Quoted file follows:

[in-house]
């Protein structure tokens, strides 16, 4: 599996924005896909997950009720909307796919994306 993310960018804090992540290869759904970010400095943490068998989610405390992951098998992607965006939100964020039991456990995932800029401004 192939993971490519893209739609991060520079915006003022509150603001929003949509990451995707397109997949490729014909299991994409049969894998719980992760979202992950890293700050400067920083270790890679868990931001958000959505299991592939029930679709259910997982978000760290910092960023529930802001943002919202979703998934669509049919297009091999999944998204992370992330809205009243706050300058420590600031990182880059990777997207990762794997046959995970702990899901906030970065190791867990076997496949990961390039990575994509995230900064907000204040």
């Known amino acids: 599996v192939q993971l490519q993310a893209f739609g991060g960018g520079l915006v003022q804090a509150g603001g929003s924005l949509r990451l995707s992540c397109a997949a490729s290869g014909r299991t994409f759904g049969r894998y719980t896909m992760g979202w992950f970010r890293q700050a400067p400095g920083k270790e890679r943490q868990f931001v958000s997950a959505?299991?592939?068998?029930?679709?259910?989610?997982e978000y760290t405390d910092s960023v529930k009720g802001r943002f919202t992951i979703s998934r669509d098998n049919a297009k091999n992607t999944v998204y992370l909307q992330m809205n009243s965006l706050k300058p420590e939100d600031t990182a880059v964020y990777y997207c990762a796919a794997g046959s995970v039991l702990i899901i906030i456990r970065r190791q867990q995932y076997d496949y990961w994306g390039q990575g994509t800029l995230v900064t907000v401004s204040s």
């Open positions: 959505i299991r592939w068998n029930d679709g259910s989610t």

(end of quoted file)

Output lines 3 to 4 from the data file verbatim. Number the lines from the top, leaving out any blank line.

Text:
């Known amino acids: 599996v192939q993971l490519q993310a893209f739609g991060g960018g520079l915006v003022q804090a509150g603001g929003s924005l949509r990451l995707s992540c397109a997949a490729s290869g014909r299991t994409f759904g049969r894998y719980t896909m992760g979202w992950f970010r890293q700050a400067p400095g920083k270790e890679r943490q868990f931001v958000s997950a959505?299991?592939?068998?029930?679709?259910?989610?997982e978000y760290t405390d910092s960023v529930k009720g802001r943002f919202t992951i979703s998934r669509d098998n049919a297009k091999n992607t999944v998204y992370l909307q992330m809205n009243s965006l706050k300058p420590e939100d600031t990182a880059v964020y990777y997207c990762a796919a794997g046959s995970v039991l702990i899901i906030i456990r970065r190791q867990q995932y076997d496949y990961w994306g390039q990575g994509t800029l995230v900064t907000v401004s204040s």
């Open positions: 959505i299991r592939w068998n029930d679709g259910s989610t």